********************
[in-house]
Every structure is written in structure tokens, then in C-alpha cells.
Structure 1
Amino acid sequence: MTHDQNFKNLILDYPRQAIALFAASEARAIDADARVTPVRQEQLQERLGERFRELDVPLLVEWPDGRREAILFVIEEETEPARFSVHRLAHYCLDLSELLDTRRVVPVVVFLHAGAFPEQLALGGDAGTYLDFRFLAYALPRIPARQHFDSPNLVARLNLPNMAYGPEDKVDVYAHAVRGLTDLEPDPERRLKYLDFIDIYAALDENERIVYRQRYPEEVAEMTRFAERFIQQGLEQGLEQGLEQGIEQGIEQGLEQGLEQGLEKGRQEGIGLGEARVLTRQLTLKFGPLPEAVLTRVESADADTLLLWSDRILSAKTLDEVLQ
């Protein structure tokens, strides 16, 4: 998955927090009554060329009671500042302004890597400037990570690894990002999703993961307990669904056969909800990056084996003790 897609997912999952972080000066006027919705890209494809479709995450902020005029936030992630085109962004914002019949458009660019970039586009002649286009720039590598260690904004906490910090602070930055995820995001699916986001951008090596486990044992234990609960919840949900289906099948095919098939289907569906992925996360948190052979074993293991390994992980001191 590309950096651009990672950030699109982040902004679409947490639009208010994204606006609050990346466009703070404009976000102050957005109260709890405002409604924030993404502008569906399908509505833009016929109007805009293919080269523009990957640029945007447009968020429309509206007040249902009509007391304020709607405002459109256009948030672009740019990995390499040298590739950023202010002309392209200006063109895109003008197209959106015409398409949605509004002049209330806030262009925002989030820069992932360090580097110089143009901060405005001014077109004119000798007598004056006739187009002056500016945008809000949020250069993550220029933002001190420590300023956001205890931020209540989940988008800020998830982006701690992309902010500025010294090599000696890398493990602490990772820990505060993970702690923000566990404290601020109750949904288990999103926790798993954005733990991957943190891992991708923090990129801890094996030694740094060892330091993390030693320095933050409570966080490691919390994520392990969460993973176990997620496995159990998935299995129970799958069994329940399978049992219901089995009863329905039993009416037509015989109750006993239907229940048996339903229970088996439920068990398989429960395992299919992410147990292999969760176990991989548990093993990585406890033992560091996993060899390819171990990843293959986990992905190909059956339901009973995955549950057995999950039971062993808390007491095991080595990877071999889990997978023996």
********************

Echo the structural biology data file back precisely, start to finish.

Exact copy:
[in-house]
Every structure is written in structure tokens, then in C-alpha cells.
Structure 1
Amino acid sequence: MTHDQNFKNLILDYPRQAIALFAASEARAIDADARVTPVRQEQLQERLGERFRELDVPLLVEWPDGRREAILFVIEEETEPARFSVHRLAHYCLDLSELLDTRRVVPVVVFLHAGAFPEQLALGGDAGTYLDFRFLAYALPRIPARQHFDSPNLVARLNLPNMAYGPEDKVDVYAHAVRGLTDLEPDPERRLKYLDFIDIYAALDENERIVYRQRYPEEVAEMTRFAERFIQQGLEQGLEQGLEQGIEQGIEQGLEQGLEQGLEKGRQEGIGLGEARVLTRQLTLKFGPLPEAVLTRVESADADTLLLWSDRILSAKTLDEVLQ
């Protein structure tokens, strides 16, 4: 998955927090009554060329009671500042302004890597400037990570690894990002999703993961307990669904056969909800990056084996003790 897609997912999952972080000066006027919705890209494809479709995450902020005029936030992630085109962004914002019949458009660019970039586009002649286009720039590598260690904004906490910090602070930055995820995001699916986001951008090596486990044992234990609960919840949900289906099948095919098939289907569906992925996360948190052979074993293991390994992980001191 590309950096651009990672950030699109982040902004679409947490639009208010994204606006609050990346466009703070404009976000102050957005109260709890405002409604924030993404502008569906399908509505833009016929109007805009293919080269523009990957640029945007447009968020429309509206007040249902009509007391304020709607405002459109256009948030672009740019990995390499040298590739950023202010002309392209200006063109895109003008197209959106015409398409949605509004002049209330806030262009925002989030820069992932360090580097110089143009901060405005001014077109004119000798007598004056006739187009002056500016945008809000949020250069993550220029933002001190420590300023956001205890931020209540989940988008800020998830982006701690992309902010500025010294090599000696890398493990602490990772820990505060993970702690923000566990404290601020109750949904288990999103926790798993954005733990991957943190891992991708923090990129801890094996030694740094060892330091993390030693320095933050409570966080490691919390994520392990969460993973176990997620496995159990998935299995129970799958069994329940399978049992219901089995009863329905039993009416037509015989109750006993239907229940048996339903229970088996439920068990398989429960395992299919992410147990292999969760176990991989548990093993990585406890033992560091996993060899390819171990990843293959986990992905190909059956339901009973995955549950057995999950039971062993808390007491095991080595990877071999889990997978023996």